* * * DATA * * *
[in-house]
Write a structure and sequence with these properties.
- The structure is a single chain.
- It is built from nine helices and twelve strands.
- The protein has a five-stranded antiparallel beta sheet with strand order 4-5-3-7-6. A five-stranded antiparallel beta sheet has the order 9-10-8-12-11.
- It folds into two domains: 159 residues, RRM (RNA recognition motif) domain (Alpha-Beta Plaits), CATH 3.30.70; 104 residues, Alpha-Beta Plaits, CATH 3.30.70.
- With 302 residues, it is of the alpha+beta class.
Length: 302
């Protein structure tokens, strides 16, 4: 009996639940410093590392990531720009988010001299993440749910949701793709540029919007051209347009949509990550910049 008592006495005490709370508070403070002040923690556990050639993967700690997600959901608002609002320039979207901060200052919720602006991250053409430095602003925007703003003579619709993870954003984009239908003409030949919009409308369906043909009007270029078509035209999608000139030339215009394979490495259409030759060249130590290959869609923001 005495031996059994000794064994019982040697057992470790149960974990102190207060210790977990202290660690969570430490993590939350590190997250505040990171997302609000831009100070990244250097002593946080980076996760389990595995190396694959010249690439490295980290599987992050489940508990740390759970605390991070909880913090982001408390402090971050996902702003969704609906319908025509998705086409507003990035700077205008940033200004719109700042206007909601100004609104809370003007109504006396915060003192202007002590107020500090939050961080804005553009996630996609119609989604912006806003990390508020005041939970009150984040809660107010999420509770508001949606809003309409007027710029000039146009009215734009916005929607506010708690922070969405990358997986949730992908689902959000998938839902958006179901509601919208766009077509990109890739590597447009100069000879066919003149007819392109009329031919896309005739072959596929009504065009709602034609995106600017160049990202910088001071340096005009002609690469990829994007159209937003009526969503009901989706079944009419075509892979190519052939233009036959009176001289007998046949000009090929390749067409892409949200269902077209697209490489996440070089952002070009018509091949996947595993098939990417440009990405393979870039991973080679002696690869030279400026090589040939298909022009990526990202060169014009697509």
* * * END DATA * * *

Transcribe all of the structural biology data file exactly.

[in-house]
Write a structure and sequence with these properties.
- The structure is a single chain.
- It is built from nine helices and twelve strands.
- The protein has a five-stranded antiparallel beta sheet with strand order 4-5-3-7-6. A five-stranded antiparallel beta sheet has the order 9-10-8-12-11.
- It folds into two domains: 159 residues, RRM (RNA recognition motif) domain (Alpha-Beta Plaits), CATH 3.30.70; 104 residues, Alpha-Beta Plaits, CATH 3.30.70.
- With 302 residues, it is of the alpha+beta class.
Length: 302
């Protein structure tokens, strides 16, 4: 009996639940410093590392990531720009988010001299993440749910949701793709540029919007051209347009949509990550910049 008592006495005490709370508070403070002040923690556990050639993967700690997600959901608002609002320039979207901060200052919720602006991250053409430095602003925007703003003579619709993870954003984009239908003409030949919009409308369906043909009007270029078509035209999608000139030339215009394979490495259409030759060249130590290959869609923001 005495031996059994000794064994019982040697057992470790149960974990102190207060210790977990202290660690969570430490993590939350590190997250505040990171997302609000831009100070990244250097002593946080980076996760389990595995190396694959010249690439490295980290599987992050489940508990740390759970605390991070909880913090982001408390402090971050996902702003969704609906319908025509998705086409507003990035700077205008940033200004719109700042206007909601100004609104809370003007109504006396915060003192202007002590107020500090939050961080804005553009996630996609119609989604912006806003990390508020005041939970009150984040809660107010999420509770508001949606809003309409007027710029000039146009009215734009916005929607506010708690922070969405990358997986949730992908689902959000998938839902958006179901509601919208766009077509990109890739590597447009100069000879066919003149007819392109009329031919896309005739072959596929009504065009709602034609995106600017160049990202910088001071340096005009002609690469990829994007159209937003009526969503009901989706079944009419075509892979190519052939233009036959009176001289007998046949000009090929390749067409892409949200269902077209697209490489996440070089952002070009018509091949996947595993098939990417440009990405393979870039991973080679002696690869030279400026090589040939298909022009990526990202060169014009697509």